Objective: Analysis of dynamic contrast-enhanced magnetic resonance imaging (DCE-MRI) using pharmacokinetic modeling (PKM) provides quantitative measures that mirror microvessel integrity and can be used as an objective marker of the level of synovial inflammation. The aim of this study was to investigate the PKM parameters K(trans) , kep , and ve in a prospective cohort of disease-modifying antirheumatic drug (DMARD)-naive patients with early arthritis, and to validate the results by assessing their correlation with the number of synovial endothelial cells (ECs).
Methods: Forty-seven patients with early arthritis (arthritis duration <1 year, DMARD naive; comprising 14 patients with rheumatoid arthritis, 22 with unclassified arthritis, 6 with spondyloarthritis [SpA], and 5 with other arthritides) were included. At baseline, DCE-MRI was performed on an inflamed knee joint of each patient. These images were used to calculate the K(trans) (volume transfer constant between the plasma and extracellular extravascular space [EES]), the kep (transfer constant between the EES and plasma), and the ve (fractional volume of the EES). Second, markers of disease activity were collected. Finally, vascularity was evaluated by immunohistochemical analysis of synovial tissue samples obtained from the inflamed knee joints, using antibodies to detect von Willebrand factor (vWF), a marker of ECs.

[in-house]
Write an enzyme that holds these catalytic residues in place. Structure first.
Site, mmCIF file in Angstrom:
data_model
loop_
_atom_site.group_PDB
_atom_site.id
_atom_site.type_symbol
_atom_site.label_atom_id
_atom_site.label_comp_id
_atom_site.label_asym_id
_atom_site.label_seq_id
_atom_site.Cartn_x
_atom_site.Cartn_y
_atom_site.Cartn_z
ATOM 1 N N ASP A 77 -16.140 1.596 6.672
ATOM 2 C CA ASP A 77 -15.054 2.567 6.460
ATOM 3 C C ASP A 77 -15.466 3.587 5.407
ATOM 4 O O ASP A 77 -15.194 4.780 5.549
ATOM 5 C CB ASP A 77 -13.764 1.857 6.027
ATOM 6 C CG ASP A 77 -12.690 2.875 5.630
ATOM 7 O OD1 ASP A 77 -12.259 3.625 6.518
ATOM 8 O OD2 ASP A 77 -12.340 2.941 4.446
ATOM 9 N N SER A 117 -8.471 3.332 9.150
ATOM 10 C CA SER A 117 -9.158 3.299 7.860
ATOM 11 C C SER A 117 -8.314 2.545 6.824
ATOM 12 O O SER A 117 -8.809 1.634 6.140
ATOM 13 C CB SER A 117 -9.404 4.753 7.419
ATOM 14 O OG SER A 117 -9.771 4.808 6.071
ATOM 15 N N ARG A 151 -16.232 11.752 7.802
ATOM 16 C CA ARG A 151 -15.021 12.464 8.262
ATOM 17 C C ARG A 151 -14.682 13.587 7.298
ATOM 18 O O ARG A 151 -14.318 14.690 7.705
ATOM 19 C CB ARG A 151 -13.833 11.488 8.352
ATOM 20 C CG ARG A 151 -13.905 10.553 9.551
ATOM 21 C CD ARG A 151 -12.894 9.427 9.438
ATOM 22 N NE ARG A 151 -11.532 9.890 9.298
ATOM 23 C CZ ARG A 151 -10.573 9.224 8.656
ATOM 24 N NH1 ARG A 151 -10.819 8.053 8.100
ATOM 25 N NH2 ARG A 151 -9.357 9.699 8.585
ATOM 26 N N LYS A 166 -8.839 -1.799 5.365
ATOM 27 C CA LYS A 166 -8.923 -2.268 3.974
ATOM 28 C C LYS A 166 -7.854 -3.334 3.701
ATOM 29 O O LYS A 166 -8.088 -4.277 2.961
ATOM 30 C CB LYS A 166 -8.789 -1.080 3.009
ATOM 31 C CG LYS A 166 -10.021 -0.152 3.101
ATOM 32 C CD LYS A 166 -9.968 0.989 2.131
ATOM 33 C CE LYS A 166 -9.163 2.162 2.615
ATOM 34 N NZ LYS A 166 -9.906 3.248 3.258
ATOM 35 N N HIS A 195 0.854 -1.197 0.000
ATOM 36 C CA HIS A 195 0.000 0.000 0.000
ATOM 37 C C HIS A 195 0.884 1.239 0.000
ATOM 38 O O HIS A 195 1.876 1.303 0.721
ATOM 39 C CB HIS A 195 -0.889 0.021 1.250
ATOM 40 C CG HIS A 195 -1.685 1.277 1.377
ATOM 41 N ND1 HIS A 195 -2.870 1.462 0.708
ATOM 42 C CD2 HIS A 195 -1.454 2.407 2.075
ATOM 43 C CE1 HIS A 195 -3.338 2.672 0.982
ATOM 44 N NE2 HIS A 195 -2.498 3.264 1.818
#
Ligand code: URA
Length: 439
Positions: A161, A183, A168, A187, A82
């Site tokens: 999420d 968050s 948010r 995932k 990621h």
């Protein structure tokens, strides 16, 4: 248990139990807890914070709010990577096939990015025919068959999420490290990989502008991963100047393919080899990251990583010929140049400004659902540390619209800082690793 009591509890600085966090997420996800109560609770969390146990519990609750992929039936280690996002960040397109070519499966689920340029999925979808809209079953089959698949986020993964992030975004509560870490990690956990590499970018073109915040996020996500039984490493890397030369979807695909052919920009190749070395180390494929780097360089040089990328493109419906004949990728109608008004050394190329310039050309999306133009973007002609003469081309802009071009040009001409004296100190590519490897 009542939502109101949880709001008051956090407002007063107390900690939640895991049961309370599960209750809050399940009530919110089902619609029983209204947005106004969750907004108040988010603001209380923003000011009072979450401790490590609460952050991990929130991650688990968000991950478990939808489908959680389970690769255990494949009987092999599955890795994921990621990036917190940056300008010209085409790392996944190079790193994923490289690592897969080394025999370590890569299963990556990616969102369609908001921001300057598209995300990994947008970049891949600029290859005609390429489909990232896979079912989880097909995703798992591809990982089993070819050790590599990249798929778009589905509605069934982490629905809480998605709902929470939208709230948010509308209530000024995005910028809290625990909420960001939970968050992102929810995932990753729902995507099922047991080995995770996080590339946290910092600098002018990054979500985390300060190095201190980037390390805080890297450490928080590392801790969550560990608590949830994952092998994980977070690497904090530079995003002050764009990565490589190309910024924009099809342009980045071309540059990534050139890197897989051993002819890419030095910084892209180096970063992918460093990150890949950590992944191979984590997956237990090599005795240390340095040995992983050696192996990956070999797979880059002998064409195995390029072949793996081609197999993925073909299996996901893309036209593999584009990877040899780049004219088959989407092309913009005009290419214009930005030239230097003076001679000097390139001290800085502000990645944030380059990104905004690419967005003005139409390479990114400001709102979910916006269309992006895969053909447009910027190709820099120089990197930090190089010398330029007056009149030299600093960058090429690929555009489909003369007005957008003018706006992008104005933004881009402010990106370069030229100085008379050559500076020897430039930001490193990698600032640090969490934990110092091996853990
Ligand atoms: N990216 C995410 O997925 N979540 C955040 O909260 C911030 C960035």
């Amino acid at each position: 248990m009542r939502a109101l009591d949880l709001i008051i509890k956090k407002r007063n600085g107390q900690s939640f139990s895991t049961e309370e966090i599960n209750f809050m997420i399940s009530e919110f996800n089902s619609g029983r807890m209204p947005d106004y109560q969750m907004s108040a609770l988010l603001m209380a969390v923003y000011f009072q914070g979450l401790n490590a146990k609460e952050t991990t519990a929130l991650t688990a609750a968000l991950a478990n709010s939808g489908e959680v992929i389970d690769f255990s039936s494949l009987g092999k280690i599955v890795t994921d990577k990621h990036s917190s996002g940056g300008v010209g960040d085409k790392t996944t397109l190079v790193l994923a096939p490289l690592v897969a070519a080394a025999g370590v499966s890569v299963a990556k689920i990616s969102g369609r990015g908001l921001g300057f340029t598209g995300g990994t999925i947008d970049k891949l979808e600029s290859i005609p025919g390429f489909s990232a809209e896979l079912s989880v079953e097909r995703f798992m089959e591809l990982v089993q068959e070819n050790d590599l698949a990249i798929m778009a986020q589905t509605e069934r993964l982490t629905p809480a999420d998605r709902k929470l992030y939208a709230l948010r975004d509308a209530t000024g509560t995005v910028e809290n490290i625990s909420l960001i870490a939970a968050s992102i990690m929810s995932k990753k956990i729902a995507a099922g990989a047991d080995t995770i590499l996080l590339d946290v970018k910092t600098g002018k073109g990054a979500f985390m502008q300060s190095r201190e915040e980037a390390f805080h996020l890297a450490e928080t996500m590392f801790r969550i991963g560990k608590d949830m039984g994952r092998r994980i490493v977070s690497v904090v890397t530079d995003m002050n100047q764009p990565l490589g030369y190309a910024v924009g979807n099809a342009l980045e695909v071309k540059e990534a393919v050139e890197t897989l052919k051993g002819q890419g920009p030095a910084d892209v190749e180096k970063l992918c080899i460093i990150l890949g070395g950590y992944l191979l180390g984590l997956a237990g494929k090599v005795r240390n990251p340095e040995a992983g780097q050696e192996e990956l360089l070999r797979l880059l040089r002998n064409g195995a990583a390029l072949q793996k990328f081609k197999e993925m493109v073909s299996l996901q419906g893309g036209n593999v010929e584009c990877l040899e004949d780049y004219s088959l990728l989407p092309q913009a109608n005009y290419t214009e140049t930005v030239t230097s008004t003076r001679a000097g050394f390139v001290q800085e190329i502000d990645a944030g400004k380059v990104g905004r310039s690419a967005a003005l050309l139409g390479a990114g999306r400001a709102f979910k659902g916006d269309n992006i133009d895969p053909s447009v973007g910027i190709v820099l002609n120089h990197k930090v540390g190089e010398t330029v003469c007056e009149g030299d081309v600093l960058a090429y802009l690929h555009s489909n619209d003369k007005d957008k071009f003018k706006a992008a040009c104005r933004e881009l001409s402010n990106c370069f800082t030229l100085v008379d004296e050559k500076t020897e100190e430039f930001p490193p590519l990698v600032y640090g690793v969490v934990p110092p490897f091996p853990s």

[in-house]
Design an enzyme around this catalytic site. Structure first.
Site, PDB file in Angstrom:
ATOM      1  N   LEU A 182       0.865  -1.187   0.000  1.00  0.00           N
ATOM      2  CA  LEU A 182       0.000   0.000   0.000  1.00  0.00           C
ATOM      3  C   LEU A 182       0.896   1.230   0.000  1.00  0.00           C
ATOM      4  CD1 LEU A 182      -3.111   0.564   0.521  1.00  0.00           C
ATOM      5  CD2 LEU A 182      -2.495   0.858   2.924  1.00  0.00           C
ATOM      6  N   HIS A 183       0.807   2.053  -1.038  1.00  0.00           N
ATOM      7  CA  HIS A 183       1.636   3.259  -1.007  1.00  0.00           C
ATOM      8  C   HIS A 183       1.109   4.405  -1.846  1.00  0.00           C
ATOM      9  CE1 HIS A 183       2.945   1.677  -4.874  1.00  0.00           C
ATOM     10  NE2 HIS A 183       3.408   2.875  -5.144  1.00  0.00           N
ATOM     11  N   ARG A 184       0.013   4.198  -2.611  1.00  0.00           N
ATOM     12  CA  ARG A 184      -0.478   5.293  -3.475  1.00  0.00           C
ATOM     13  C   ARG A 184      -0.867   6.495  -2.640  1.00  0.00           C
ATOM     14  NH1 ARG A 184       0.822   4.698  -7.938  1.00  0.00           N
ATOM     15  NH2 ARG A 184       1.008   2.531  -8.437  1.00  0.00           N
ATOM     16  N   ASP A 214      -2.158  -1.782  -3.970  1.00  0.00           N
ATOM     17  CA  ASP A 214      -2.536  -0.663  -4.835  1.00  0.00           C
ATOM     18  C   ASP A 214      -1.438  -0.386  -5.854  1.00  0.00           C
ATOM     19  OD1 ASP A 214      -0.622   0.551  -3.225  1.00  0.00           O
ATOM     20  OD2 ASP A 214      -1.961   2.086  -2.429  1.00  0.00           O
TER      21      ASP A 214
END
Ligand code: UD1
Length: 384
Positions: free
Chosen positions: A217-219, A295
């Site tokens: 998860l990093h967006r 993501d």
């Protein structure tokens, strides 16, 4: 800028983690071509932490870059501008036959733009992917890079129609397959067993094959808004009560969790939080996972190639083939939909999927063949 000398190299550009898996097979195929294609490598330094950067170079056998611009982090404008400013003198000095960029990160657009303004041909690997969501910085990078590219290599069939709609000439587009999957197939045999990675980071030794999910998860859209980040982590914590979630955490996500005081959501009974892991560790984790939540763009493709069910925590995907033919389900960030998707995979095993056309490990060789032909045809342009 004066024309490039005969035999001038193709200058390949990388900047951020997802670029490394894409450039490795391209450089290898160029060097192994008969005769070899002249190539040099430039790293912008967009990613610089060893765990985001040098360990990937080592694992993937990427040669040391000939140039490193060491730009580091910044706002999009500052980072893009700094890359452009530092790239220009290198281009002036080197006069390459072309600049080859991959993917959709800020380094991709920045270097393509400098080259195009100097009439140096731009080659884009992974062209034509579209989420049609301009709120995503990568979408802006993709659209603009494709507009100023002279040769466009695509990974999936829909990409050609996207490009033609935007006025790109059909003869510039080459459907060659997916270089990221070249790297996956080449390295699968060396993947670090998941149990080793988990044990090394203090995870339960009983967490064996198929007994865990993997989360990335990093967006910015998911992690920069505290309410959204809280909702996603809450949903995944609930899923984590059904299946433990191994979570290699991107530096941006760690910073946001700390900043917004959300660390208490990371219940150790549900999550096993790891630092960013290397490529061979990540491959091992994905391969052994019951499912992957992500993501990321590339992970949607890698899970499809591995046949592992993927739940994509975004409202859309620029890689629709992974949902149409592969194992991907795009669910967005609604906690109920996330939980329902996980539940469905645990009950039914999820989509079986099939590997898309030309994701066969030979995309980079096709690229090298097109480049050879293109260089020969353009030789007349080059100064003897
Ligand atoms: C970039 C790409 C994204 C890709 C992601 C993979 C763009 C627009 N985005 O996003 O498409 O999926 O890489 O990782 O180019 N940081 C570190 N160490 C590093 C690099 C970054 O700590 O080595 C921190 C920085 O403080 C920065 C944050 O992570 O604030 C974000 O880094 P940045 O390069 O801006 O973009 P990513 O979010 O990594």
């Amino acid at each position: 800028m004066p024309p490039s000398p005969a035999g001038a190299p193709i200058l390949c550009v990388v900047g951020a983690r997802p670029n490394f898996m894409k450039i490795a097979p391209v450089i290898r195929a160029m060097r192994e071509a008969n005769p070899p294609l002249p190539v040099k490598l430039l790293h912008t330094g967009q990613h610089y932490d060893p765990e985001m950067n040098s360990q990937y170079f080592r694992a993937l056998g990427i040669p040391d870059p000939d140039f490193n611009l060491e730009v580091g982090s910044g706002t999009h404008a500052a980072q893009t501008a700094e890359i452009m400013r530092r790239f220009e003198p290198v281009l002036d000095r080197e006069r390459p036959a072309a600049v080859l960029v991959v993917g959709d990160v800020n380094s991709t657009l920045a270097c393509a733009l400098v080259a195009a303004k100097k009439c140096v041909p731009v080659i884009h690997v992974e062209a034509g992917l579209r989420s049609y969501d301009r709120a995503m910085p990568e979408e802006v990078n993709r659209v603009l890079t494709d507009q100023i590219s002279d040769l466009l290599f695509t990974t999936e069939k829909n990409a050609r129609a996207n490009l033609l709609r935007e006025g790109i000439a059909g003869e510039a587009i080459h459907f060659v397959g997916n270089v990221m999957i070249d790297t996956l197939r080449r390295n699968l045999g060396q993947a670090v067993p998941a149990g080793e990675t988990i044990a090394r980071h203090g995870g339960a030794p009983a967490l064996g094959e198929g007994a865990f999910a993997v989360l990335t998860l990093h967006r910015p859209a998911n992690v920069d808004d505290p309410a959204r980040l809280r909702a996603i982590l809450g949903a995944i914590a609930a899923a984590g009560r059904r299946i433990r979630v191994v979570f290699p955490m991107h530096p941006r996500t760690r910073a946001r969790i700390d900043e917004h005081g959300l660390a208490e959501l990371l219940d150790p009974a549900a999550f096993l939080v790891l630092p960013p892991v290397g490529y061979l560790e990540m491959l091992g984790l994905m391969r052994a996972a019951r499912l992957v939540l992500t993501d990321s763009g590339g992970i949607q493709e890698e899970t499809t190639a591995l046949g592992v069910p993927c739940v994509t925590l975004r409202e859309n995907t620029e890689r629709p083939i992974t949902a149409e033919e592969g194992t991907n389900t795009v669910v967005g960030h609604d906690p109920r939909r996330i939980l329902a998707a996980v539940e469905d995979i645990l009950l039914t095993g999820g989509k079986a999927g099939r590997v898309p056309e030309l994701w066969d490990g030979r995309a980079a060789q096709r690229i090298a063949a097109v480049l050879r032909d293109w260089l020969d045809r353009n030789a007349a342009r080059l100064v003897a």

Results: The 3 PKM parameters differed significantly between diagnostic groups at baseline, with the highest K(trans) value being observed in patients with SpA (median 0.050/minute, interquartile range [IQR] 0.041- 0.069). Furthermore, the K(trans) , kep , and ve values correlated significantly with markers of disease activity. Finally, the PKM parameters K(trans) and kep , but not ve , correlated significantly with synovial expression of vWF (r = 0.647, P = 0.004 for K(trans) ; r = 0.614, P = 0.007 for kep ; r = 0.398, P = 0.102 for ve ).
Conclusion: These results suggest that the K(trans) , kep , and ve can be used to detect synovial inflammation in patients with early arthritis, and these PKM parameters may be helpful in differential diagnosis. This approach may also be useful in translational research analyzing tissue microcirculation and angiogenesis.
© 2016, American College of Rheumatology.